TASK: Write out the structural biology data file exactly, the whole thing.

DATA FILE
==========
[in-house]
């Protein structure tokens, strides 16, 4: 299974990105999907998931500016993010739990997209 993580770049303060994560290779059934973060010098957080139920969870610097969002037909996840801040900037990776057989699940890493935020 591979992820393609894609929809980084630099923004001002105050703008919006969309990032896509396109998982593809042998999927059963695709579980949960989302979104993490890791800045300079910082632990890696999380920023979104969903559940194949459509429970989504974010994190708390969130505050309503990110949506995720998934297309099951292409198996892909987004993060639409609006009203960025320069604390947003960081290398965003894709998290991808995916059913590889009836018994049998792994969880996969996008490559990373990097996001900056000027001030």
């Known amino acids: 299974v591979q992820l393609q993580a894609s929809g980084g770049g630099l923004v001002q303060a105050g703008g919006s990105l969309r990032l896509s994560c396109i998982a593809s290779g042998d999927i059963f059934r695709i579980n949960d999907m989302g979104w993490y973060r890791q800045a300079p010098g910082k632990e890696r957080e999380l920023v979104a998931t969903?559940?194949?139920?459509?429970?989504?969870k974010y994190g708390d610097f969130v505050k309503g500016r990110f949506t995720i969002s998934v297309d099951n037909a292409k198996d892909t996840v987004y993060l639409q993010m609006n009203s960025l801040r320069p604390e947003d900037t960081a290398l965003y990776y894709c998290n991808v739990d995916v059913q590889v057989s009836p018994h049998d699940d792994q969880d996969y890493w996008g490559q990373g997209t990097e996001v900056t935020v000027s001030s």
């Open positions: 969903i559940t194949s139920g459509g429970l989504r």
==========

[in-house]
């Protein structure tokens, strides 16, 4: 299974990105999907998931500016993010739990997209 993580770049303060994560290779059934973060010098957080139920969870610097969002037909996840801040900037990776057989699940890493935020 591979992820393609894609929809980084630099923004001002105050703008919006969309990032896509396109998982593809042998999927059963695709579980949960989302979104993490890791800045300079910082632990890696999380920023979104969903559940194949459509429970989504974010994190708390969130505050309503990110949506995720998934297309099951292409198996892909987004993060639409609006009203960025320069604390947003960081290398965003894709998290991808995916059913590889009836018994049998792994969880996969996008490559990373990097996001900056000027001030």
């Known amino acids: 299974v591979q992820l393609q993580a894609s929809g980084g770049g630099l923004v001002q303060a105050g703008g919006s990105l969309r990032l896509s994560c396109i998982a593809s290779g042998d999927i059963f059934r695709i579980n949960d999907m989302g979104w993490y973060r890791q800045a300079p010098g910082k632990e890696r957080e999380l920023v979104a998931t969903?559940?194949?139920?459509?429970?989504?969870k974010y994190g708390d610097f969130v505050k309503g500016r990110f949506t995720i969002s998934v297309d099951n037909a292409k198996d892909t996840v987004y993060l639409q993010m609006n009203s960025l801040r320069p604390e947003d900037t960081a290398l965003y990776y894709c998290n991808v739990d995916v059913q590889v057989s009836p018994h049998d699940d792994q969880d996969y890493w996008g490559q990373g997209t990097e996001v900056t935020v000027s001030s």
């Open positions: 969903i559940t194949s139920g459509g429970l989504r």